I cannot even imagine what a nightmare Memorial Day in Camp Eden is going to be to Joe, let alone Dutchie; I hope Fluff has better sense than to even go out. I am currently pet-sitting for three cats in their own home. All are indoors-only cats, and I go over twice a day to clean litter boxes and change water bowls, and to socialize with two of them. Mutt hides in the cabinet under the sink and refuses to come out while I am there. I opened the cabinet door to peek in and let him know I knew he was in there, and he actually yowled loudly and pitifully so I left him alone. I am not one to torture the poor thing. It has been in the high 60's, with lots of sunshine, so after the marine layer clears off it gets pretty stuffy in that house. I open windows and write in a daily journal I keep for the cat-owners (who are on a cruise to Alaska...their third), while also petting and playing with the cats. The house is on a lake, so there are ducks, geese, deer, gulls, and other critters to watch, and the sky/clouds and water are in constant motion...so it's an easy way to earn a bit of extra change, as well as get away from my phone.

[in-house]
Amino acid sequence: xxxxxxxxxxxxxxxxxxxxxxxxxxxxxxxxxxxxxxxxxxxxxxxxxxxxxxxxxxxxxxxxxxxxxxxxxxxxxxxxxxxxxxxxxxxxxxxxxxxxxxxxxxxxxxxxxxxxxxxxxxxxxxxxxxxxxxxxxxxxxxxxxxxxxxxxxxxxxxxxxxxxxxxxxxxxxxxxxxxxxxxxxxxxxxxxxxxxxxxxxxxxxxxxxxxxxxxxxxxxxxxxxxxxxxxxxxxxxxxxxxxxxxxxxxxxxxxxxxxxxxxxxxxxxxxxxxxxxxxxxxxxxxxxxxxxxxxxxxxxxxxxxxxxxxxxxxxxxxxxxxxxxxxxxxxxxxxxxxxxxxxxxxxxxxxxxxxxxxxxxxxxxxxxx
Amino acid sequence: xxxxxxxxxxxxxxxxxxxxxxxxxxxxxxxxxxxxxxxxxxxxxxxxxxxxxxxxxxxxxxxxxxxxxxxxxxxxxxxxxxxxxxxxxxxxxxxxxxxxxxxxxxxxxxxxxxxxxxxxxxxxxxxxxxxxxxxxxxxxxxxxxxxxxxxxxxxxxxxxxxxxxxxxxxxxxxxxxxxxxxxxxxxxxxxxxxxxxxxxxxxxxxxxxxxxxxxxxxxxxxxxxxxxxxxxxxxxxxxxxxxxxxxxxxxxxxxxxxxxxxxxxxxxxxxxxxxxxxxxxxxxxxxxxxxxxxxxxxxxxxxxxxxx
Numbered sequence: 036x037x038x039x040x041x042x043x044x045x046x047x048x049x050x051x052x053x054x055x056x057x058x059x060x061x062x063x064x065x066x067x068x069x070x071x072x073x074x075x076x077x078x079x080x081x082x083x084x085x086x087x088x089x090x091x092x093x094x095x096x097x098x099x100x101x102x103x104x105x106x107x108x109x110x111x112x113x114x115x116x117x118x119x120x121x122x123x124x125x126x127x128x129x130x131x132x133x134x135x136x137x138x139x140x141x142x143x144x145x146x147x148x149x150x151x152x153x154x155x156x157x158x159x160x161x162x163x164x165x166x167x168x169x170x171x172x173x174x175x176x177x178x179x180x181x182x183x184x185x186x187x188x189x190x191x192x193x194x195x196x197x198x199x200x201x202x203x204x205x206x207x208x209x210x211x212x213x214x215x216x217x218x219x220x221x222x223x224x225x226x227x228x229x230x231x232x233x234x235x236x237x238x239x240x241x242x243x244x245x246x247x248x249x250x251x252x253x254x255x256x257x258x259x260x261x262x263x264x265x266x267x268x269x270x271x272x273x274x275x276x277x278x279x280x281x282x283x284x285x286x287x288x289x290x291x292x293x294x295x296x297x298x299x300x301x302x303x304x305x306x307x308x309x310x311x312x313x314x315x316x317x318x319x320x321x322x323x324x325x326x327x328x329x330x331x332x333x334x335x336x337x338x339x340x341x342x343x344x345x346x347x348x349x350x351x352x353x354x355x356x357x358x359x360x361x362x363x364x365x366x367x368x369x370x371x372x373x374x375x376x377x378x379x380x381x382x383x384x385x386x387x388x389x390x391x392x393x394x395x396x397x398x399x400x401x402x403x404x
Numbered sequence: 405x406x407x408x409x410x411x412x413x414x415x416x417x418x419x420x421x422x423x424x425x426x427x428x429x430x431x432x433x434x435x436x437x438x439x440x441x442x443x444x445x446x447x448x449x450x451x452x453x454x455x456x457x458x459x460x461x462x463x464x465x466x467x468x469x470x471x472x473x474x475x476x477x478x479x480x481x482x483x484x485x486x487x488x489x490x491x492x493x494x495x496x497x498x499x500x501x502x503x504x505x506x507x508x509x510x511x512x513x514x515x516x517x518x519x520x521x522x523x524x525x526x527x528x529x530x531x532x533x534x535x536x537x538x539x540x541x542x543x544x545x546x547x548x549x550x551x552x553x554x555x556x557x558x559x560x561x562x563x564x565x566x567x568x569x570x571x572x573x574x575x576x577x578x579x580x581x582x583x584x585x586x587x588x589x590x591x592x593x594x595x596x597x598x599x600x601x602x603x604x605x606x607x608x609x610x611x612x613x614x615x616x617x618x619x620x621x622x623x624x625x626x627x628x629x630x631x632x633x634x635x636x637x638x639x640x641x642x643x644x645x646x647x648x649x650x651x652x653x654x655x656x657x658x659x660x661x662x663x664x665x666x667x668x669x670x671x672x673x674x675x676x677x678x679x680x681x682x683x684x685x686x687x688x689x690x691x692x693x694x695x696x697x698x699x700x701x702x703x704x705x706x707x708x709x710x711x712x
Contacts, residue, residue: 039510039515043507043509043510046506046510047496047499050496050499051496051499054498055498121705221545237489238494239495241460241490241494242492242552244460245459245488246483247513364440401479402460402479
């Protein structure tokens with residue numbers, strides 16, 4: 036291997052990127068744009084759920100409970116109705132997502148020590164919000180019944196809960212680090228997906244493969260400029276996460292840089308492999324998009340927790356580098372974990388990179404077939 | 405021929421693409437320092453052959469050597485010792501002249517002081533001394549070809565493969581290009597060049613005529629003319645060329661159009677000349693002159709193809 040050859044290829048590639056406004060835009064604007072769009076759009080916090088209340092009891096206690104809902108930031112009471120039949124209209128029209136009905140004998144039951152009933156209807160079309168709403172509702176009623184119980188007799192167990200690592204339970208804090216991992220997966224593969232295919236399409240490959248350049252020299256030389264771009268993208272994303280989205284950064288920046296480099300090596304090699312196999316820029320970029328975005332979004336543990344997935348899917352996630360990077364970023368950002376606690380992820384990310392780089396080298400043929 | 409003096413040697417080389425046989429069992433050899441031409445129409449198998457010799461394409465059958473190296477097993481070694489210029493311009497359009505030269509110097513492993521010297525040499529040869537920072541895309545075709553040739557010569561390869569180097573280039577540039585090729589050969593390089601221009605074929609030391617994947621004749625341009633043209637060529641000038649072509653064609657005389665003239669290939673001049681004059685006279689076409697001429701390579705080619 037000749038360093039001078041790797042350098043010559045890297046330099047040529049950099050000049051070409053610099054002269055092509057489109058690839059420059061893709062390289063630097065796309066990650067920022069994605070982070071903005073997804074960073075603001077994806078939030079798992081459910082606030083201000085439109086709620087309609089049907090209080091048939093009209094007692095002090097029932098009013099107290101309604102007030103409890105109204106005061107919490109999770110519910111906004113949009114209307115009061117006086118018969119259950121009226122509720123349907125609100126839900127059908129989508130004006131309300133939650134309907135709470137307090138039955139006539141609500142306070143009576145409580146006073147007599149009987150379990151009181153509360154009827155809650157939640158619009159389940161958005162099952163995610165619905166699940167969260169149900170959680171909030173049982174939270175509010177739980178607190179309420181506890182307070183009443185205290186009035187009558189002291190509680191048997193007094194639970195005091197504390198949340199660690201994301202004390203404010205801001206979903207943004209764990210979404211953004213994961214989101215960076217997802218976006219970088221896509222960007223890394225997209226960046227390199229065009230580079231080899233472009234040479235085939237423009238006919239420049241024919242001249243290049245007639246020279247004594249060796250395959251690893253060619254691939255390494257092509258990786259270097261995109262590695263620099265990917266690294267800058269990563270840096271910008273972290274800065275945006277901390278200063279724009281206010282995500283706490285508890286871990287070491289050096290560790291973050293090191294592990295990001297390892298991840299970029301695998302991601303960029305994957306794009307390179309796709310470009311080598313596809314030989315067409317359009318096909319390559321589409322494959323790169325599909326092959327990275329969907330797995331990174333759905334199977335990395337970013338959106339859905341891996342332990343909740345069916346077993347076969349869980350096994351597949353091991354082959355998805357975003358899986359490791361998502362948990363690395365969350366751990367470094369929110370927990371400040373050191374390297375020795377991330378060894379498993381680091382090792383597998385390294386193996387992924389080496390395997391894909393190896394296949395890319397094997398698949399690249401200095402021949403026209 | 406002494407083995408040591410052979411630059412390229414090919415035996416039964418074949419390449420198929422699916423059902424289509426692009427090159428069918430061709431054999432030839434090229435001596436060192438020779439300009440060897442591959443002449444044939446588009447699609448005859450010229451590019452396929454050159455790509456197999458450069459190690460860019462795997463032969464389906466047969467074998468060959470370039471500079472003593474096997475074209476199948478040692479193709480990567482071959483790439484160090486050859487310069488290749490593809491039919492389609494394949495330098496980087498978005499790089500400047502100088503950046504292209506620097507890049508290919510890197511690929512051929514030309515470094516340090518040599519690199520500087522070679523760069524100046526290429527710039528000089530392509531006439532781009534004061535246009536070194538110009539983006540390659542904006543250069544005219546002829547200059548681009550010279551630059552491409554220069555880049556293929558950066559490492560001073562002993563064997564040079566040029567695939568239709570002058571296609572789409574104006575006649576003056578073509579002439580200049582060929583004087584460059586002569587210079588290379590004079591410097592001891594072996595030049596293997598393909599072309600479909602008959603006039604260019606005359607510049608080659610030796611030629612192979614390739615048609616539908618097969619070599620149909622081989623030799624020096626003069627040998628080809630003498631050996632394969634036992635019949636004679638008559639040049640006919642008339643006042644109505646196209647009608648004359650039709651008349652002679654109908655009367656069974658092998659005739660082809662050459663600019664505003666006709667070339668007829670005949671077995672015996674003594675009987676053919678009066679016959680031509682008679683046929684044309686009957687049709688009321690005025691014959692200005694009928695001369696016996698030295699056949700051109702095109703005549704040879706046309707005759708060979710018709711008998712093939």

While my computer was out of order, I spent a lot of time reverting to my old habits of walking on the beach, writing long letters via snail mail to friends and relatives, and reading. It was so relaxing I am determined to start saying "No" to a lot of requests for my time. I haven't heard of any terrible things happening in my neck of the woods due to my lack of participation, so I guess they will get along without me just fine!


Nice job, JoeKy; I'll bet you are hired to cut JoeA's hair as long as he is within reach!
Member Since: March 5, 2009 Posts: 30 Comments: 515
6. Arbie
1:15 AM GMT on May 21, 2014
That is a blast from the past, Rotty. What is "Alaska"?
The closest I ever got to camping was a week-long summer camp I used to go to as a kid, where we slept in covered wagons on cots. There were canvas flaps that came down over the doors on each end. 
When you were younger you had an indoor dining hall and restrooms with running water; after you got older, you went to "outpost" where you ate under a tent, had an outhouse and an outdoor water pump for drinking and toothbrushing. We'd all gather around to brush our teeth. 
We spent our time hiking, clamming, cycling, swimming in a nearby lake, canoeing in a river that was also nearby. It was co-ed, and we'd cap off the week with a barn dance. It was church-sponsored but prayers before meals was about as religious as it got. 
It was a lot of fun. The only adults around were the owners and one director as the counselors were all high school and college kids. We got ourselves into some adventures now and then.
When I was growing up we lived in the country, so we didn't really need to go camping.